List Vision: Make Your Data Work Harder
To squeeze every last drop of response and profitability from a campaign, marketers’ data honchos are layering their database marketing strategies. And not all of these tactics are costly or require a NASA engineer to employ.
At last week’s List Vision conference, JoAnne Monfradi Dunn, president of Alliant Cooperative Data Solutions, moderated a panel session titled, “Trick Out Your Data and Kick Up Your Revenue,” that delved into the successful data gymnastics being performed at four top direct marketing operations. Panelists included: Marijke Bekaert, HCI Direct; Janette Barrett, International Masters Publishers; Don Austin, May Development Services; and Johanna Rivard, Ziff Davis Web Buyer’s Guide.
Here’s what each firm is doing with its data to achieve strong in-the-mail performance:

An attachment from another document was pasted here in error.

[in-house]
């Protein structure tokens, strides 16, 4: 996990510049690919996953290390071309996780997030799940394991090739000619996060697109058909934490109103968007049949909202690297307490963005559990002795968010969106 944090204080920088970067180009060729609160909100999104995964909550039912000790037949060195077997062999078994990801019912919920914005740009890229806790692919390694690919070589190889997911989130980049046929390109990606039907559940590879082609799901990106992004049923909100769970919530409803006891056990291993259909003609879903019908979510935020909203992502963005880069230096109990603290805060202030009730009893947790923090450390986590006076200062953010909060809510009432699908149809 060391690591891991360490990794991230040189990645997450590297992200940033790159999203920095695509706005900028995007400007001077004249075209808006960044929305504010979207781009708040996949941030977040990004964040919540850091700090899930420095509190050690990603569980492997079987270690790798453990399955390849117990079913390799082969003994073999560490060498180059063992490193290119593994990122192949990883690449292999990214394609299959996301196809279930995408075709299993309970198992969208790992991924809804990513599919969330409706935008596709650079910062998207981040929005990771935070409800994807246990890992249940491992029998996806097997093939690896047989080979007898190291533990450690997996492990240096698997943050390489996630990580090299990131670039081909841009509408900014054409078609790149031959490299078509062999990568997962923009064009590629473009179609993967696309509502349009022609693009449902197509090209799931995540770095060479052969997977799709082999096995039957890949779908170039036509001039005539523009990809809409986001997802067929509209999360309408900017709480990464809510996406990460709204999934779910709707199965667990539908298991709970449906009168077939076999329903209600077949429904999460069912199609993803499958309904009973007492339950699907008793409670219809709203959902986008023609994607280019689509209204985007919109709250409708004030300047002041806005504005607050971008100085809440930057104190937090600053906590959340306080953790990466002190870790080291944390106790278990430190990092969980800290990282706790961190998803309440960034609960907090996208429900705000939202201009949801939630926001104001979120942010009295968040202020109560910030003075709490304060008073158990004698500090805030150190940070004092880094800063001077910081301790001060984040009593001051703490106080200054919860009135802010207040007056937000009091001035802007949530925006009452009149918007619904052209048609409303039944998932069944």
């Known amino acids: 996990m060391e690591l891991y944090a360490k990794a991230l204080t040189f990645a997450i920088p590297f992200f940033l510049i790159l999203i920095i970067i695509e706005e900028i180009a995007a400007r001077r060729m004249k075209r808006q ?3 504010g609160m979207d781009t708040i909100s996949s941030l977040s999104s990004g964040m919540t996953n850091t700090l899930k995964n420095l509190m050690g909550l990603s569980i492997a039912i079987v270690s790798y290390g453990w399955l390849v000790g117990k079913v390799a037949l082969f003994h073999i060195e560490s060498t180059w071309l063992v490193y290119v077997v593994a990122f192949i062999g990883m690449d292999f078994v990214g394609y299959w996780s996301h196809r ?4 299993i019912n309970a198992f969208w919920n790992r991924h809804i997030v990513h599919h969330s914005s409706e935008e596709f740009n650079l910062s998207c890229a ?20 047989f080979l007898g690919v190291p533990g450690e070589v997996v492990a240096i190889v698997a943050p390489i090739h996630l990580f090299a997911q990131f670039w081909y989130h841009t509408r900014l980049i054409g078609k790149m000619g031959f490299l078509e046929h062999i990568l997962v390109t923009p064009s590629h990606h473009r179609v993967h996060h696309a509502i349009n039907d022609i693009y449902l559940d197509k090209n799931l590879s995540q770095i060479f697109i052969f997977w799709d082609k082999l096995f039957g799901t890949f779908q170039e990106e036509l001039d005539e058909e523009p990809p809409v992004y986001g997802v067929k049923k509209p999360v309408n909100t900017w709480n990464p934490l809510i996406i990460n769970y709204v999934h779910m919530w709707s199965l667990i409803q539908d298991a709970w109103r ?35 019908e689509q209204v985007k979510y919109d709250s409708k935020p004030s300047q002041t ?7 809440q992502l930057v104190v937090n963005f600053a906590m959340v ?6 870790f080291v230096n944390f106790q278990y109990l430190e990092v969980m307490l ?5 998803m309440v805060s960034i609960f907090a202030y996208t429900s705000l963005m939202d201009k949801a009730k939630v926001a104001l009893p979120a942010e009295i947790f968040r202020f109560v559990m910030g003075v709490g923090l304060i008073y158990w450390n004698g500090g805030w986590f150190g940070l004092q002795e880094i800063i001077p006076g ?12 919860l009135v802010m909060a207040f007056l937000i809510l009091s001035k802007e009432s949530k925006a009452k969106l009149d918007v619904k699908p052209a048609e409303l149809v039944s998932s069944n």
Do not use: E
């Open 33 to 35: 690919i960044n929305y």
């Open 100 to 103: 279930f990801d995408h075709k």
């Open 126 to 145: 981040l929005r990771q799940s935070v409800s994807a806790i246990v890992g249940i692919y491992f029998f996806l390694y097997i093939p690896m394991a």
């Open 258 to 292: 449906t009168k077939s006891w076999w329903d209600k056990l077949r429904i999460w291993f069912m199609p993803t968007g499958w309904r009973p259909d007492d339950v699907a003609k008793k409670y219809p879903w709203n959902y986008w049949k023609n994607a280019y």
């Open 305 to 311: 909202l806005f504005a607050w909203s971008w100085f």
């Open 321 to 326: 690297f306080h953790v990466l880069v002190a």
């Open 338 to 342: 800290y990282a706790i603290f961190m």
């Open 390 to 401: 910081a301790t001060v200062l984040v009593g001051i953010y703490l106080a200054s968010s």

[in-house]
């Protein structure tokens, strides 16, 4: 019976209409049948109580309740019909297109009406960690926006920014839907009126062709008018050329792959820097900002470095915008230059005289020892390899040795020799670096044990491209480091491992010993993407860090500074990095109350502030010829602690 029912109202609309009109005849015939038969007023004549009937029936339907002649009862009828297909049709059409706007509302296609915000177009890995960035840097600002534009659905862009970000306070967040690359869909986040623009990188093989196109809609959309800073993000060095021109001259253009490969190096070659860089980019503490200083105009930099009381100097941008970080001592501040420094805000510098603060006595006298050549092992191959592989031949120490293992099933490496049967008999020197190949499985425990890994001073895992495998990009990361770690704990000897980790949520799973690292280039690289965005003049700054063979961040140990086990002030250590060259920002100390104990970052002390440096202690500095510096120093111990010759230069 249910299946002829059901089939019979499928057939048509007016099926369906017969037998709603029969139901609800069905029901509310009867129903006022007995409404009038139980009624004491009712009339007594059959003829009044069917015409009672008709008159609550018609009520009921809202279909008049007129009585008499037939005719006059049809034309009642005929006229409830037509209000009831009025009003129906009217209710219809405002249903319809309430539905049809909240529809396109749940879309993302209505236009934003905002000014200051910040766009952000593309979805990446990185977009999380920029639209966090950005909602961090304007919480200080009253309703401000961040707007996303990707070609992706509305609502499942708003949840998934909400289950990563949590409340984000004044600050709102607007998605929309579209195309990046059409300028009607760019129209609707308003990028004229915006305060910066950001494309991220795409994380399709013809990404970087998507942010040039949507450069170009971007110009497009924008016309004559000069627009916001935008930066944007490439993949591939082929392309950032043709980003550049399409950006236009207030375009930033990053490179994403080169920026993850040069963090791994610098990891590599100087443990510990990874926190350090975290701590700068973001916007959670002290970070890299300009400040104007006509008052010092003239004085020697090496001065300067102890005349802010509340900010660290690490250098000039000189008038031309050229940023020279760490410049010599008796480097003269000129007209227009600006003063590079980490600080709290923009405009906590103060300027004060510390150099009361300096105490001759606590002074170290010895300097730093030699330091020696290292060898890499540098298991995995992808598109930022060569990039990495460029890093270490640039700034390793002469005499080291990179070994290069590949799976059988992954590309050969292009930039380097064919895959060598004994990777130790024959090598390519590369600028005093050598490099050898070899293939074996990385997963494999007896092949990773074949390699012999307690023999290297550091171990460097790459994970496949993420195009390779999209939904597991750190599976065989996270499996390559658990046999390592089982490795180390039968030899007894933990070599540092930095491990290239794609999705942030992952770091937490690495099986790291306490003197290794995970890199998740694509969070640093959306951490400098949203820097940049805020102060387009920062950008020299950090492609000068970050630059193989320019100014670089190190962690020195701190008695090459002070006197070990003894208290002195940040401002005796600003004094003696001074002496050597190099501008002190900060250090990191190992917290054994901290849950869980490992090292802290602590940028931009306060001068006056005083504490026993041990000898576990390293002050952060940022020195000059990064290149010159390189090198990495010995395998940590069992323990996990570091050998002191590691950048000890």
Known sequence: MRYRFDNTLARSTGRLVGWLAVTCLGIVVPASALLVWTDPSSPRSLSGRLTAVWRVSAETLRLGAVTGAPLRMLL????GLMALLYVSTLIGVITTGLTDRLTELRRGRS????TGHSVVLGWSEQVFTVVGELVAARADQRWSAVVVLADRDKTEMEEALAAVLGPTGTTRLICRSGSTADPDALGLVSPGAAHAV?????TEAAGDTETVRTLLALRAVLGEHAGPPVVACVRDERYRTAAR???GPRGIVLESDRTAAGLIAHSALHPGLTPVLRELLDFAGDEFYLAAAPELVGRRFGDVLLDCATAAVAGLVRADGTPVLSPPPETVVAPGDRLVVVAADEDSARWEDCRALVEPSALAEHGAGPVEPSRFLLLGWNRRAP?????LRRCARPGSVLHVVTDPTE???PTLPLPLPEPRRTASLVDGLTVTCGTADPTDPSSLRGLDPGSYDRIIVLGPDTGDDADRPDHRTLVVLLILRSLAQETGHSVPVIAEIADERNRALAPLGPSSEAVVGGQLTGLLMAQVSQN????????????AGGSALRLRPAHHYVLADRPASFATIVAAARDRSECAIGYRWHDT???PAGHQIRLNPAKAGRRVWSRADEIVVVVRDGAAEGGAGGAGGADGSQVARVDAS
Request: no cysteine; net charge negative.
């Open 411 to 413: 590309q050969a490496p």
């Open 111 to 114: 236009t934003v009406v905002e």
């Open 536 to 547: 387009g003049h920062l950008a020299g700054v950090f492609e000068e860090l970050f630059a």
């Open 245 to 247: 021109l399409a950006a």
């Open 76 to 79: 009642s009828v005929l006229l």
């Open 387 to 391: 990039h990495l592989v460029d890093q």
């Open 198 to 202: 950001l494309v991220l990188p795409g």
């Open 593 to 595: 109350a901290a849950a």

HCI Direct: This hosiery continuity club wanted to mail deeper into its pool of internal lists. To identify which names would be the more profitable future customers, HCI Direct needed more insight than the data on each record currently provided. A data overlay could produce such insight, but at additional cost. Marijke Bekaert chose to append third-party data to a cross-section of names that had been promoted to by HCI in January 2004, so that enough history on shipments, pay-up, etc., would be available to determine value to the firm. In addition, analysis was conducted for each of HCI’s modeling segments, including those that had performed poorly and those that had performed well. What Bekaert found was that the most important variable in predicting performance is household age, but 18 percent of HCI’s internal files did not contain this data. By modeling the individual segments defined by the number of hosiery shipments taken (called turns), Bekaert was able to determine that a data append on the segment with one turn taken produced a top score group that was 7 percent more profitable than without this insight. And the bottom score group with data overlaid was three times less profitable than what HCI could predict without the overlay. The same pattern followed for the two-turn segment, but the three-turn segment with the append looked much like the segment without. By testing the overlay before committing to a full append, HCI Direct was able to determine how much value the enhancement would bring to the mail program on not only the first contact, but on subsequent shipments.